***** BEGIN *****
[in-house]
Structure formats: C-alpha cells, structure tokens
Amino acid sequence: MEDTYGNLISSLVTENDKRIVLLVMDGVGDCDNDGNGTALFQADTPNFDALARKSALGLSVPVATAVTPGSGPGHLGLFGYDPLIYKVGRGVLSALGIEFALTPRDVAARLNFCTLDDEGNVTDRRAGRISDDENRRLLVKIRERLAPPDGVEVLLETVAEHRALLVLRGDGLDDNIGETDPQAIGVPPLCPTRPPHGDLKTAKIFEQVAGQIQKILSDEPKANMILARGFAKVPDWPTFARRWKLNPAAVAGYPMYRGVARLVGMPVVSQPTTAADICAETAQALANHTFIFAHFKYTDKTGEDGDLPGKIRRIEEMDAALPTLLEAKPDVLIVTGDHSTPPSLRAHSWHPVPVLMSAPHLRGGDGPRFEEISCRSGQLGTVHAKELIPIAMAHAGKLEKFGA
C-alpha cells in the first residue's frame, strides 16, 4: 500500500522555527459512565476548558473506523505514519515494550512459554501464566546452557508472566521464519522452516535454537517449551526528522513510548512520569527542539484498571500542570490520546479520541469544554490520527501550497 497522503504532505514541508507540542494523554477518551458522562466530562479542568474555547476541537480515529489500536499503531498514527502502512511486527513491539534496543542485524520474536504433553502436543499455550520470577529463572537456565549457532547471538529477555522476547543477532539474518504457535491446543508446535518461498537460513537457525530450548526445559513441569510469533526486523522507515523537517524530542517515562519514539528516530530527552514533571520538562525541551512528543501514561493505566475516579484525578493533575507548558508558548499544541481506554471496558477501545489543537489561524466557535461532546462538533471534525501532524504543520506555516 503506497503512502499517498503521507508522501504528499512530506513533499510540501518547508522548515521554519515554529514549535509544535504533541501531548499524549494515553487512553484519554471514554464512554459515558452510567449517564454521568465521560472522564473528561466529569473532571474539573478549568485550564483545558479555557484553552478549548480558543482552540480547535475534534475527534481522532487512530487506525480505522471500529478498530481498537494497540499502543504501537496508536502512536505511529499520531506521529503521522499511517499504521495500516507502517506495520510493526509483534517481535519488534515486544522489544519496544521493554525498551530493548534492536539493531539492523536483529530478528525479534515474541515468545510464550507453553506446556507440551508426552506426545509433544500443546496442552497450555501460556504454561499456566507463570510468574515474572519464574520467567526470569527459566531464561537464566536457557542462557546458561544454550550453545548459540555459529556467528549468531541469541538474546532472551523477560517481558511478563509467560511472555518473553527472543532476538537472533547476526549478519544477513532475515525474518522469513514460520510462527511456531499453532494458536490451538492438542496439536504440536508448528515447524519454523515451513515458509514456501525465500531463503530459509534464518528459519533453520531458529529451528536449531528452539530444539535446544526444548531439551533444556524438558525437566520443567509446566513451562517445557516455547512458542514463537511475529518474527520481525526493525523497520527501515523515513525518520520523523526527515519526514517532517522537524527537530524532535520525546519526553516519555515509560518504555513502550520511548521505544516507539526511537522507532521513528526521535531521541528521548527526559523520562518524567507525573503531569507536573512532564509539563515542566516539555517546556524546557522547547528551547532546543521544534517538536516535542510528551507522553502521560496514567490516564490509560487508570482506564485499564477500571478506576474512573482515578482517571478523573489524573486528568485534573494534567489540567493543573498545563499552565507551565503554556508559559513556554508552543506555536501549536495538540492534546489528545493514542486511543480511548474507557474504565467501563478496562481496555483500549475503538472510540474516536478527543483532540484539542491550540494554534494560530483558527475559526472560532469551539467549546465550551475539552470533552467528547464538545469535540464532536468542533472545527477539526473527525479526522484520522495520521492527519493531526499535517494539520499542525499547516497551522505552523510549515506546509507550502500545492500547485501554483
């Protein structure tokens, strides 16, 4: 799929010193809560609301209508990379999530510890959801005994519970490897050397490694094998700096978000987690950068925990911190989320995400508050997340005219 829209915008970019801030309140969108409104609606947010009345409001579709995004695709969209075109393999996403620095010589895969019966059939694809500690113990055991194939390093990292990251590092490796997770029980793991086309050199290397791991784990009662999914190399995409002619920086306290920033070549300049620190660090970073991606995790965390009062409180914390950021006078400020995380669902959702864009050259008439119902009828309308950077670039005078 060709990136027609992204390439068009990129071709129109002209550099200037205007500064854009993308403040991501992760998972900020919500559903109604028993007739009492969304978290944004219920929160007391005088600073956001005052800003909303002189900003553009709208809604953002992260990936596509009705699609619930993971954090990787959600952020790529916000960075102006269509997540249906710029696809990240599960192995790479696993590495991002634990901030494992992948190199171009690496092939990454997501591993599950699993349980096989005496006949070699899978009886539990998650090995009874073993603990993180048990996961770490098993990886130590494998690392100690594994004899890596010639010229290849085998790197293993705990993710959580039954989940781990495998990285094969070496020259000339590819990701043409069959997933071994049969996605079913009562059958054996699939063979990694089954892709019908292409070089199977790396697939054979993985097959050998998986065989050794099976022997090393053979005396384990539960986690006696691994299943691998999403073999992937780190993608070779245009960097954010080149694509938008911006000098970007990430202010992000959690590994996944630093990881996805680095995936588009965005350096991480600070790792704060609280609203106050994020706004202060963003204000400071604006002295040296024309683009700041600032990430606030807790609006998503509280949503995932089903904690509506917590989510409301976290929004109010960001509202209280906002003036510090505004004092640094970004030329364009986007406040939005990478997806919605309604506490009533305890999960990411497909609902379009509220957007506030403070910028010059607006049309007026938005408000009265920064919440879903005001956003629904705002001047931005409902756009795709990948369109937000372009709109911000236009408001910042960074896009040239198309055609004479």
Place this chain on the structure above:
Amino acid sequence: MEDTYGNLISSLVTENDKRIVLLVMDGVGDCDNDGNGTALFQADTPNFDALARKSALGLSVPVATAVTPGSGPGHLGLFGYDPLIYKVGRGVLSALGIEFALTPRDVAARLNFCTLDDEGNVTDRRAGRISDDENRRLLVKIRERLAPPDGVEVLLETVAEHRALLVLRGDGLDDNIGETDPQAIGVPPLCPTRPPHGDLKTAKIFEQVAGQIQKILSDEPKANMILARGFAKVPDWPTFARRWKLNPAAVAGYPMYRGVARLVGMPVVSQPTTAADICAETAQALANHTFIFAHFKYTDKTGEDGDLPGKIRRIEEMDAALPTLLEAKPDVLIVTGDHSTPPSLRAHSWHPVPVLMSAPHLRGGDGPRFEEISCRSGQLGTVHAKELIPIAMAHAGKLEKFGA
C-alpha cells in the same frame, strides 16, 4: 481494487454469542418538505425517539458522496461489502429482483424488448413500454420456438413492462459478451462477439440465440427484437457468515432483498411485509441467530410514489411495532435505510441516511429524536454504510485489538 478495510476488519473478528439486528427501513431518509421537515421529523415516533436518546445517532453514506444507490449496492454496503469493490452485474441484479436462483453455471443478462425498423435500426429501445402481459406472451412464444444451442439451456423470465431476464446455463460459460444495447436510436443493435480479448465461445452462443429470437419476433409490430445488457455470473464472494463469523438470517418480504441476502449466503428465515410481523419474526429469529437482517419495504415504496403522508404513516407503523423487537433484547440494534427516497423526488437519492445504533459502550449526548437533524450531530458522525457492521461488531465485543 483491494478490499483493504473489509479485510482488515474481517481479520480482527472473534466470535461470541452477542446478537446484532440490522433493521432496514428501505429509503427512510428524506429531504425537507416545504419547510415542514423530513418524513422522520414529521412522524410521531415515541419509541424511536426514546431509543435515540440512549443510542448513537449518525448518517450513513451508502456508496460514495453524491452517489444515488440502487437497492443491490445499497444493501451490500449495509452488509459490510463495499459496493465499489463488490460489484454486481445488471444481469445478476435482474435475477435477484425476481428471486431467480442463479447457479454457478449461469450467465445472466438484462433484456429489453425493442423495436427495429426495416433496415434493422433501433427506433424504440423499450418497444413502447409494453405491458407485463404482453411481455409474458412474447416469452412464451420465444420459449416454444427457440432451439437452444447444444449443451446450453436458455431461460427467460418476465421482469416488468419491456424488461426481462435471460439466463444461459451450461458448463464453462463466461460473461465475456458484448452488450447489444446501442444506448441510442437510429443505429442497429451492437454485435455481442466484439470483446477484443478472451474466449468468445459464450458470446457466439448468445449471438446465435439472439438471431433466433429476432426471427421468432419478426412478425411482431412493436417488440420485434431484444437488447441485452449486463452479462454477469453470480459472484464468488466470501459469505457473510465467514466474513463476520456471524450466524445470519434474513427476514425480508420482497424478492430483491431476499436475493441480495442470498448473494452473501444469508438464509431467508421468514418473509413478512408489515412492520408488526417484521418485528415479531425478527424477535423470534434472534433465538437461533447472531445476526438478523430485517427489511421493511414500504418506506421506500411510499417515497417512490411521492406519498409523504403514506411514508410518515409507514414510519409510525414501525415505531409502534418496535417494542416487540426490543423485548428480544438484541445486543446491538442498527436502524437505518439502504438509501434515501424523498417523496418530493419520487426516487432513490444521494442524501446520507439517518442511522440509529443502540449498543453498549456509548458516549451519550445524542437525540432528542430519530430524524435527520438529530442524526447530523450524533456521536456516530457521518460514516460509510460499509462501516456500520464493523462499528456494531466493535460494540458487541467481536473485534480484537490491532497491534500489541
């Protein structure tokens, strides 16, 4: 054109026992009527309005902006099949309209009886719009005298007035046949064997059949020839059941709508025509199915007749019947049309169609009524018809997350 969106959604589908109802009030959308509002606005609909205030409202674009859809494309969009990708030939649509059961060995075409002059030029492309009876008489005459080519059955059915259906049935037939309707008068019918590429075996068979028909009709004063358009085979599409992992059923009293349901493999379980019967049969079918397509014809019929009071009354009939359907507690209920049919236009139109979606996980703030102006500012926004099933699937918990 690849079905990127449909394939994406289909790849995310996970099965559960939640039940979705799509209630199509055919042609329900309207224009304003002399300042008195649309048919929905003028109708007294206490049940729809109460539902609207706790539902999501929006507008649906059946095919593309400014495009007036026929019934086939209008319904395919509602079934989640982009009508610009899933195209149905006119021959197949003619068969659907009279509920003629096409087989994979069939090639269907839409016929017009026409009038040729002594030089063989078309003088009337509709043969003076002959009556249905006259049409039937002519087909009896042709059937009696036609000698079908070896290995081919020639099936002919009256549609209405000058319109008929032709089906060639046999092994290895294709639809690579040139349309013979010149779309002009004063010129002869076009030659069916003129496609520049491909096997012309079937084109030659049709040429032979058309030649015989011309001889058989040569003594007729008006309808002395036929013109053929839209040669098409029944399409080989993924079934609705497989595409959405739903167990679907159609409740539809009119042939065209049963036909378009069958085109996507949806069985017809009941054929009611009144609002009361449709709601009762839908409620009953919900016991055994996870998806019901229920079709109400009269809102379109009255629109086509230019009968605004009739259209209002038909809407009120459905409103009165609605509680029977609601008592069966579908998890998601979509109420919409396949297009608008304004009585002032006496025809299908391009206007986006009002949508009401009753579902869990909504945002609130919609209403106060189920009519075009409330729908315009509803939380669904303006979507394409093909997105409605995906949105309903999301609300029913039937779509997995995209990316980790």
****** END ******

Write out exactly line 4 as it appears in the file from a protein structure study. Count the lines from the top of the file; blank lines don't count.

C-alpha cells in the first residue's frame, strides 16, 4: 500500500522555527459512565476548558473506523505514519515494550512459554501464566546452557508472566521464519522452516535454537517449551526528522513510548512520569527542539484498571500542570490520546479520541469544554490520527501550497 497522503504532505514541508507540542494523554477518551458522562466530562479542568474555547476541537480515529489500536499503531498514527502502512511486527513491539534496543542485524520474536504433553502436543499455550520470577529463572537456565549457532547471538529477555522476547543477532539474518504457535491446543508446535518461498537460513537457525530450548526445559513441569510469533526486523522507515523537517524530542517515562519514539528516530530527552514533571520538562525541551512528543501514561493505566475516579484525578493533575507548558508558548499544541481506554471496558477501545489543537489561524466557535461532546462538533471534525501532524504543520506555516 503506497503512502499517498503521507508522501504528499512530506513533499510540501518547508522548515521554519515554529514549535509544535504533541501531548499524549494515553487512553484519554471514554464512554459515558452510567449517564454521568465521560472522564473528561466529569473532571474539573478549568485550564483545558479555557484553552478549548480558543482552540480547535475534534475527534481522532487512530487506525480505522471500529478498530481498537494497540499502543504501537496508536502512536505511529499520531506521529503521522499511517499504521495500516507502517506495520510493526509483534517481535519488534515486544522489544519496544521493554525498551530493548534492536539493531539492523536483529530478528525479534515474541515468545510464550507453553506446556507440551508426552506426545509433544500443546496442552497450555501460556504454561499456566507463570510468574515474572519464574520467567526470569527459566531464561537464566536457557542462557546458561544454550550453545548459540555459529556467528549468531541469541538474546532472551523477560517481558511478563509467560511472555518473553527472543532476538537472533547476526549478519544477513532475515525474518522469513514460520510462527511456531499453532494458536490451538492438542496439536504440536508448528515447524519454523515451513515458509514456501525465500531463503530459509534464518528459519533453520531458529529451528536449531528452539530444539535446544526444548531439551533444556524438558525437566520443567509446566513451562517445557516455547512458542514463537511475529518474527520481525526493525523497520527501515523515513525518520520523523526527515519526514517532517522537524527537530524532535520525546519526553516519555515509560518504555513502550520511548521505544516507539526511537522507532521513528526521535531521541528521548527526559523520562518524567507525573503531569507536573512532564509539563515542566516539555517546556524546557522547547528551547532546543521544534517538536516535542510528551507522553502521560496514567490516564490509560487508570482506564485499564477500571478506576474512573482515578482517571478523573489524573486528568485534573494534567489540567493543573498545563499552565507551565503554556508559559513556554508552543506555536501549536495538540492534546489528545493514542486511543480511548474507557474504565467501563478496562481496555483500549475503538472510540474516536478527543483532540484539542491550540494554534494560530483558527475559526472560532469551539467549546465550551475539552470533552467528547464538545469535540464532536468542533472545527477539526473527525479526522484520522495520521492527519493531526499535517494539520499542525499547516497551522505552523510549515506546509507550502500545492500547485501554483